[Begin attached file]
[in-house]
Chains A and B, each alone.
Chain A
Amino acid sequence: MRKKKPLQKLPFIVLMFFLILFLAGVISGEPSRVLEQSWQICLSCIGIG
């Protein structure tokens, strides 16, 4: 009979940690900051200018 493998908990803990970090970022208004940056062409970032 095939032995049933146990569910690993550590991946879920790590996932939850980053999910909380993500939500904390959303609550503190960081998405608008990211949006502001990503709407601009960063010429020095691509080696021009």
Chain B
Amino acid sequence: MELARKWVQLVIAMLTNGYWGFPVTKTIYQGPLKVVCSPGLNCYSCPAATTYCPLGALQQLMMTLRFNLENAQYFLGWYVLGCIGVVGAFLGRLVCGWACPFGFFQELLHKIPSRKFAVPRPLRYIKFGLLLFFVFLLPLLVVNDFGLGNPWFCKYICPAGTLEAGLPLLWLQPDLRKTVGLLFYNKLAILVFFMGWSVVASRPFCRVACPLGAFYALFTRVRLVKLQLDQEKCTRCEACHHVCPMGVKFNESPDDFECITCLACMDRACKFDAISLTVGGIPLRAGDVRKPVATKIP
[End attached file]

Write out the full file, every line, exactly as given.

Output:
[in-house]
Chains A and B, each alone.
Chain A
Amino acid sequence: MRKKKPLQKLPFIVLMFFLILFLAGVISGEPSRVLEQSWQICLSCIGIG
């Protein structure tokens, strides 16, 4: 009979940690900051200018 493998908990803990970090970022208004940056062409970032 095939032995049933146990569910690993550590991946879920790590996932939850980053999910909380993500939500904390959303609550503190960081998405608008990211949006502001990503709407601009960063010429020095691509080696021009």
Chain B
Amino acid sequence: MELARKWVQLVIAMLTNGYWGFPVTKTIYQGPLKVVCSPGLNCYSCPAATTYCPLGALQQLMMTLRFNLENAQYFLGWYVLGCIGVVGAFLGRLVCGWACPFGFFQELLHKIPSRKFAVPRPLRYIKFGLLLFFVFLLPLLVVNDFGLGNPWFCKYICPAGTLEAGLPLLWLQPDLRKTVGLLFYNKLAILVFFMGWSVVASRPFCRVACPLGAFYALFTRVRLVKLQLDQEKCTRCEACHHVCPMGVKFNESPDDFECITCLACMDRACKFDAISLTVGGIPLRAGDVRKPVATKIP